SB 354 authorizes the State Health Commissioner to accept, review, and issue a certificate of public need (COPN) for the establishment of a new ambulatory surgery center located in Planning District 15 for the provision of ophthalmic services. This bill was requested by an ophthalmologist in Ashland who has found it increasingly harder for to use hospital operating rooms to perform eye surgery and the Virginia Coalition to Reform COPN. Virginia’s COPN laws require healthcare providers and facilities to obtain permission from the Department of Health before they can offer certain services, purchase certain equipment or expand their facilities.  COPN laws were originally implemented in the 1970s with the intent of controlling health care costs and increasing access to care. Unfortunately, the laws did not achieve this and the federal government and 15 states have repealed their COPN programs. According to the Mercatus Center at George Mason University, Virginia currently has the 11th strictest set of COPN laws in the country. As the state has unsuccessfully grappled with COPN reform over the past few years, the current COPN laws continue to block health care access and increase the cost of health care.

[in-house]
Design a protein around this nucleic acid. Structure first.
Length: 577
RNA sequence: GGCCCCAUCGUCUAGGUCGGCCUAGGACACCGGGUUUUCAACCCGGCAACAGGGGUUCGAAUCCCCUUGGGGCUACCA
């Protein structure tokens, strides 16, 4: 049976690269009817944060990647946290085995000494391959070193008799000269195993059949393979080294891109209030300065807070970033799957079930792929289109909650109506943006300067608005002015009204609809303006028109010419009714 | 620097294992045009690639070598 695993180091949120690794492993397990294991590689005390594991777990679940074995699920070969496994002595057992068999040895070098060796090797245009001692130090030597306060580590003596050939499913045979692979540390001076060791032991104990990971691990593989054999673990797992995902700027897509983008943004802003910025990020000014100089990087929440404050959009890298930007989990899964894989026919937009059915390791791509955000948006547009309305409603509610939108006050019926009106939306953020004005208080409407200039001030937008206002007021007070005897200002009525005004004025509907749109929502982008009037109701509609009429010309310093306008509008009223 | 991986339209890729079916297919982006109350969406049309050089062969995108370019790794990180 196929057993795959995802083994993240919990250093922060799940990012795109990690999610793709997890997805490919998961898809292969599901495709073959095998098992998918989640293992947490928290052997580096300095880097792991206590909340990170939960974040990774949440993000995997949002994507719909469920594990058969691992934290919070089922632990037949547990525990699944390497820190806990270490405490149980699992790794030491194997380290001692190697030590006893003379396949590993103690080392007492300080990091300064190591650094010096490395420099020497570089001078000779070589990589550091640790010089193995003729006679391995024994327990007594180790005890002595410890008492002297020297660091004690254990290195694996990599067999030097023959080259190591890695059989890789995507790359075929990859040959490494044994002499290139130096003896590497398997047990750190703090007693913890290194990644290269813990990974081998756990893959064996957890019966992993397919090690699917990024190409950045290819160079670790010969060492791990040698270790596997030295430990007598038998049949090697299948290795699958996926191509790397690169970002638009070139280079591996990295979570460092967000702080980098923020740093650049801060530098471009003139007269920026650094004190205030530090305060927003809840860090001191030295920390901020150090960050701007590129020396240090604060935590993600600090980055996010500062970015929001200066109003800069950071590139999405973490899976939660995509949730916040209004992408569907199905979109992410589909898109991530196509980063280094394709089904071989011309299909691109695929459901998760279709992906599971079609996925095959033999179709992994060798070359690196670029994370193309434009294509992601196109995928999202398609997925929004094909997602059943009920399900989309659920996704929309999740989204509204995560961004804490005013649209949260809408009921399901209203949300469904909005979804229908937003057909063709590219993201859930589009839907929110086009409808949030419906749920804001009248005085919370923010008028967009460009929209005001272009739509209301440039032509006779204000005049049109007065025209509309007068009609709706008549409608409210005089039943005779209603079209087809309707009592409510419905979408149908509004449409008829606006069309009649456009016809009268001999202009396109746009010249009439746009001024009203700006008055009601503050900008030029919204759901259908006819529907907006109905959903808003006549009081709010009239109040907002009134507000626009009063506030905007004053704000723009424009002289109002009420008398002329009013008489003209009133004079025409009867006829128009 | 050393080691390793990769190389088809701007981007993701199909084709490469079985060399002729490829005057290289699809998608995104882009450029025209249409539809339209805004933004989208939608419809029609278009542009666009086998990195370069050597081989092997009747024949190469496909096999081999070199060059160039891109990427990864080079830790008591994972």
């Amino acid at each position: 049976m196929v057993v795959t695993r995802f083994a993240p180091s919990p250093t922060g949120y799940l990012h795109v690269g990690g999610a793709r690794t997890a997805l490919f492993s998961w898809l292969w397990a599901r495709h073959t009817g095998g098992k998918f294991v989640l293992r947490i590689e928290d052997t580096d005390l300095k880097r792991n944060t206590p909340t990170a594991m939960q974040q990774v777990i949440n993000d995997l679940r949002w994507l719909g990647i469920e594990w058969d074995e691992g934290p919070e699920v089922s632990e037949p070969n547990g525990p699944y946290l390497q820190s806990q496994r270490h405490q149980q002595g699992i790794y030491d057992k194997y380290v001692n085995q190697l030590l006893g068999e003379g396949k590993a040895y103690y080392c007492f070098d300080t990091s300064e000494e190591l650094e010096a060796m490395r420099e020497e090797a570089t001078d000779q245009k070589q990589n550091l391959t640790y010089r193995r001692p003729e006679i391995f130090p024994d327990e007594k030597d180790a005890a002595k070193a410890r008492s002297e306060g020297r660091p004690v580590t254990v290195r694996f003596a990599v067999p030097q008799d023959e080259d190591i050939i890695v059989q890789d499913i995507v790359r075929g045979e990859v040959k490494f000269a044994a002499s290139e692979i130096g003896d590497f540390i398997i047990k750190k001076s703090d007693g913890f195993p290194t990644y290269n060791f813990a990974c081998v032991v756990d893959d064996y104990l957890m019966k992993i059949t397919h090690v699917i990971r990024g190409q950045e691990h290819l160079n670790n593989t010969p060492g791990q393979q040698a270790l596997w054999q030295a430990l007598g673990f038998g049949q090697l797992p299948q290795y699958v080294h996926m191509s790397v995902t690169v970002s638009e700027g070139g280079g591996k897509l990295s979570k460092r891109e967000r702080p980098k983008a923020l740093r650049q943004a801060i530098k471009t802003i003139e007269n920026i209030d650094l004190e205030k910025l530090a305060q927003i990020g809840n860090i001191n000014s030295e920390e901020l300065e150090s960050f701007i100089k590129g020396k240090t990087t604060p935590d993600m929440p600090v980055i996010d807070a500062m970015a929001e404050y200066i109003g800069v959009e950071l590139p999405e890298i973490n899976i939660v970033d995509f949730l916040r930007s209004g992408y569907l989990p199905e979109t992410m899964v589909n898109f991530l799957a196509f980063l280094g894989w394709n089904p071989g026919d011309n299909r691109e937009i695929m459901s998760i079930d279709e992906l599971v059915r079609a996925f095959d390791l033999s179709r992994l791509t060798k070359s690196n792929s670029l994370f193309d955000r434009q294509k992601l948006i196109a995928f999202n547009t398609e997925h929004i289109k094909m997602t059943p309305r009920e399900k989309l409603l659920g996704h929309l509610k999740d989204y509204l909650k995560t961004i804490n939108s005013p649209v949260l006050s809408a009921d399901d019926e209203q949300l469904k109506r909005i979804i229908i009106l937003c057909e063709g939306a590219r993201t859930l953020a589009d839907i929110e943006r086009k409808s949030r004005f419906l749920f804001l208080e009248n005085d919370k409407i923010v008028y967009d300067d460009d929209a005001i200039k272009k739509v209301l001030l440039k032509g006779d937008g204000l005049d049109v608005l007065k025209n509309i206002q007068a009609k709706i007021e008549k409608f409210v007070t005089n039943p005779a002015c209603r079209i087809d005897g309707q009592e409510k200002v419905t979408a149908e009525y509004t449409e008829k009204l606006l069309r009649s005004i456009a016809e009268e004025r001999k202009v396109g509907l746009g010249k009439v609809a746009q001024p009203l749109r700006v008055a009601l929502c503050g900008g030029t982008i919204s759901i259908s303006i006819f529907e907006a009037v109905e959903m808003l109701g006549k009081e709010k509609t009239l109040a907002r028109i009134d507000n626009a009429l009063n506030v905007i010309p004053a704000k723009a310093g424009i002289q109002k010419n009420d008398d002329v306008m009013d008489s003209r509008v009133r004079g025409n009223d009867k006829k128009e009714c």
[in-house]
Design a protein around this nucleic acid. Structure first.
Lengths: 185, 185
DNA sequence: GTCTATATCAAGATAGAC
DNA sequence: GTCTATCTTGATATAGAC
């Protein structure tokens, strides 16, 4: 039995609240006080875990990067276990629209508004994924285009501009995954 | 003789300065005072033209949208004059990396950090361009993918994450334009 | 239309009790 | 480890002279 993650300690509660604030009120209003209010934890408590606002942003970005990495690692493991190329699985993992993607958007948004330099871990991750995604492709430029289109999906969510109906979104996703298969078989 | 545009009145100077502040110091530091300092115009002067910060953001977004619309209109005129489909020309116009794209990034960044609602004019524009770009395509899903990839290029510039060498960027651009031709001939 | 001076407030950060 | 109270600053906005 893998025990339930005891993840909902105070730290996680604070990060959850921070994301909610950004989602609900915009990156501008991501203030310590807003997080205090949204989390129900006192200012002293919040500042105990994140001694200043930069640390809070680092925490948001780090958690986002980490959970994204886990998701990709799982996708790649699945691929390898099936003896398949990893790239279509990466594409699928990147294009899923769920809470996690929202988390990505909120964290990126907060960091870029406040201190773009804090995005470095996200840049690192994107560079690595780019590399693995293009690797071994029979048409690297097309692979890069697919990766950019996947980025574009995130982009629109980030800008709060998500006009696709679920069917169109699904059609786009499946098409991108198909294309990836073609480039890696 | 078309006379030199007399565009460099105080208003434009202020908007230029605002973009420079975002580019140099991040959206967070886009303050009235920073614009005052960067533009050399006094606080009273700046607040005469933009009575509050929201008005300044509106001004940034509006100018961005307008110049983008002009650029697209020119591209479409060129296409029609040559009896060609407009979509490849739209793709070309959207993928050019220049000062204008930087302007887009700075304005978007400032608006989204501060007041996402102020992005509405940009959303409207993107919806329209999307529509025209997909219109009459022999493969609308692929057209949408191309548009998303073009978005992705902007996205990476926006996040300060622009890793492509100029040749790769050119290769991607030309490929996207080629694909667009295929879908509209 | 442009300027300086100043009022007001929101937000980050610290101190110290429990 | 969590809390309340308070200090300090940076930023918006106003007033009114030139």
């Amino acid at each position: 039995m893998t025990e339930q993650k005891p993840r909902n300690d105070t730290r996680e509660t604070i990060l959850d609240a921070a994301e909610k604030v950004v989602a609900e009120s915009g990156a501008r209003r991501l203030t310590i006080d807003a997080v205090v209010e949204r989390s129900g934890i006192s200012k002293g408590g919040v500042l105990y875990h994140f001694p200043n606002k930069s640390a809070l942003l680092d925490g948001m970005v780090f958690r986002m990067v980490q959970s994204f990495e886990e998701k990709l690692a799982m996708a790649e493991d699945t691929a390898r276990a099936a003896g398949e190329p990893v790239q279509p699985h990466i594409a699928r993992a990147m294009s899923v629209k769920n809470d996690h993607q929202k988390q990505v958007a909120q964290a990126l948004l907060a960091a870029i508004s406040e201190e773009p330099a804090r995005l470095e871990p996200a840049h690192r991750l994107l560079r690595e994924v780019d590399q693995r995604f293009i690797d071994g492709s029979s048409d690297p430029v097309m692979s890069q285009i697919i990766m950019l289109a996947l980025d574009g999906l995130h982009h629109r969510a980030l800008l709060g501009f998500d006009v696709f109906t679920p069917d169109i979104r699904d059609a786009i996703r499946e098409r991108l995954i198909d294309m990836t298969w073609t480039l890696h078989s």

In 2004, the General Assembly passed a law prohibiting new methadone clinics from opening within 1/2 mile of a school or daycare.  The law grandfathered existing clinics. In 2014, I sponsored HB 722 to close a loophole in the law by prohibiting any existing clinic from moving to within 1/2 mile of a school.  However, the Richmond Behavioral Health Authority (RBHA) seeks to take over a grandfathered clinic and current law prohibits them from doing so. SB 455will provide a limited exemption for the City of Richmond, allowing RBHA to take over an existing grandfathered clinic.  This bill was incorporated into SB 329 (Dunnavant), which provided the same exemption for Henrico County.